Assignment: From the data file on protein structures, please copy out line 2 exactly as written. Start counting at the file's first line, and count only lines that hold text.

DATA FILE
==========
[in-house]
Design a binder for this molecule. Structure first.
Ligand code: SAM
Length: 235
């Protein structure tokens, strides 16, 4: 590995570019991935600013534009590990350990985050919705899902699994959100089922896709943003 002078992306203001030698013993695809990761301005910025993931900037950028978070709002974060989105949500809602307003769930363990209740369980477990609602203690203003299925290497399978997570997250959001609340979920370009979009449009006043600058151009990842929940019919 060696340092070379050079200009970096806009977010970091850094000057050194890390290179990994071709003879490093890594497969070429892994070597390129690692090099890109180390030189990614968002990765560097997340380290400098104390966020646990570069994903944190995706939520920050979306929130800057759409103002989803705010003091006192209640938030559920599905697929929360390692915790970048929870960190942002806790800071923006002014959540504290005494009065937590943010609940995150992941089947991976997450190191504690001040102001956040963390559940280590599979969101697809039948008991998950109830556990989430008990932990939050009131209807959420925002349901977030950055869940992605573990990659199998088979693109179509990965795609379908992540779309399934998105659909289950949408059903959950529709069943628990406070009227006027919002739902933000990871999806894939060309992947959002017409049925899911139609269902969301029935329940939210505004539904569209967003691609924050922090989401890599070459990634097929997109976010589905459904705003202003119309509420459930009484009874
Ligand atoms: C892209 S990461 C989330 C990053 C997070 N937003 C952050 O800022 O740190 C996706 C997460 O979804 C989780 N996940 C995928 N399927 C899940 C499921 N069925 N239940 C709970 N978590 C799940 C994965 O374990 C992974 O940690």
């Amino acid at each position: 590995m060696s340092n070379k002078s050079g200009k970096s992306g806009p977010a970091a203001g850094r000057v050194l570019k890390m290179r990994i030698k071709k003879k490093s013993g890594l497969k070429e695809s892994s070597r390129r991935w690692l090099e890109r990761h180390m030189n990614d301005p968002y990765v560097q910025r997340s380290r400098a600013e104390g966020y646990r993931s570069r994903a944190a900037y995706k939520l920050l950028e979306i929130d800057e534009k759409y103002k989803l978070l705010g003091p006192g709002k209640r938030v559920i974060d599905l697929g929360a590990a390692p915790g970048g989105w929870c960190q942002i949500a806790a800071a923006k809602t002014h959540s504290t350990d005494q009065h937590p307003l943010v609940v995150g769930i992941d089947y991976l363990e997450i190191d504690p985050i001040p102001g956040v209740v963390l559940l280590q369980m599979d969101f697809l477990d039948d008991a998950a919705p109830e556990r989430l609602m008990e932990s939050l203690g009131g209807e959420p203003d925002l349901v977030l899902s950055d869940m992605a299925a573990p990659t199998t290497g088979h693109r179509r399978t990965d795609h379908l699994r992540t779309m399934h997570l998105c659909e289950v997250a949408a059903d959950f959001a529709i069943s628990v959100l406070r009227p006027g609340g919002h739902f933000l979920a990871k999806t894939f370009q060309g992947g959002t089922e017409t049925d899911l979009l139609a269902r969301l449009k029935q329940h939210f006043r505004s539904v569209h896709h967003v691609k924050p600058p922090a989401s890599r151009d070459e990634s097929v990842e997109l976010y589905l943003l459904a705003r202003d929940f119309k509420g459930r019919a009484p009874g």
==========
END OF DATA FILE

Design a binder for this molecule. Structure first.